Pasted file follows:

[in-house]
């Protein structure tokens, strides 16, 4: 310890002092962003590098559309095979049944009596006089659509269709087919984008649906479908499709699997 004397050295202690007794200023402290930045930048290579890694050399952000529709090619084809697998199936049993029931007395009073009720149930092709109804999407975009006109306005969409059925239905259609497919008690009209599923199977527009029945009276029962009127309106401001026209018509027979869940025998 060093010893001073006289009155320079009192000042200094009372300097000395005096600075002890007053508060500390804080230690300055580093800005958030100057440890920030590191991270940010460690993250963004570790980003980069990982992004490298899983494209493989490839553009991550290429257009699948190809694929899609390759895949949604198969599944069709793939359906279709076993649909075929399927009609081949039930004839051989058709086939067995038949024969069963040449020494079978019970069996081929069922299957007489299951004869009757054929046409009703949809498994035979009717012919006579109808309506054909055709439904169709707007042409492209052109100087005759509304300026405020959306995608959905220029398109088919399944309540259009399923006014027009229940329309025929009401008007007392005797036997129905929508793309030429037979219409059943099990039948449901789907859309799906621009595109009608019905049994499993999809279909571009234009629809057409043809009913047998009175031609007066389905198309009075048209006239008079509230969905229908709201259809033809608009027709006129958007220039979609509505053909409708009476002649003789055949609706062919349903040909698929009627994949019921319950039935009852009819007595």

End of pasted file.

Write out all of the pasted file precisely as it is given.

[in-house]
């Protein structure tokens, strides 16, 4: 310890002092962003590098559309095979049944009596006089659509269709087919984008649906479908499709699997 004397050295202690007794200023402290930045930048290579890694050399952000529709090619084809697998199936049993029931007395009073009720149930092709109804999407975009006109306005969409059925239905259609497919008690009209599923199977527009029945009276029962009127309106401001026209018509027979869940025998 060093010893001073006289009155320079009192000042200094009372300097000395005096600075002890007053508060500390804080230690300055580093800005958030100057440890920030590191991270940010460690993250963004570790980003980069990982992004490298899983494209493989490839553009991550290429257009699948190809694929899609390759895949949604198969599944069709793939359906279709076993649909075929399927009609081949039930004839051989058709086939067995038949024969069963040449020494079978019970069996081929069922299957007489299951004869009757054929046409009703949809498994035979009717012919006579109808309506054909055709439904169709707007042409492209052109100087005759509304300026405020959306995608959905220029398109088919399944309540259009399923006014027009229940329309025929009401008007007392005797036997129905929508793309030429037979219409059943099990039948449901789907859309799906621009595109009608019905049994499993999809279909571009234009629809057409043809009913047998009175031609007066389905198309009075048209006239008079509230969905229908709201259809033809608009027709006129958007220039979609509505053909409708009476002649003789055949609706062919349903040909698929009627994949019921319950039935009852009819007595």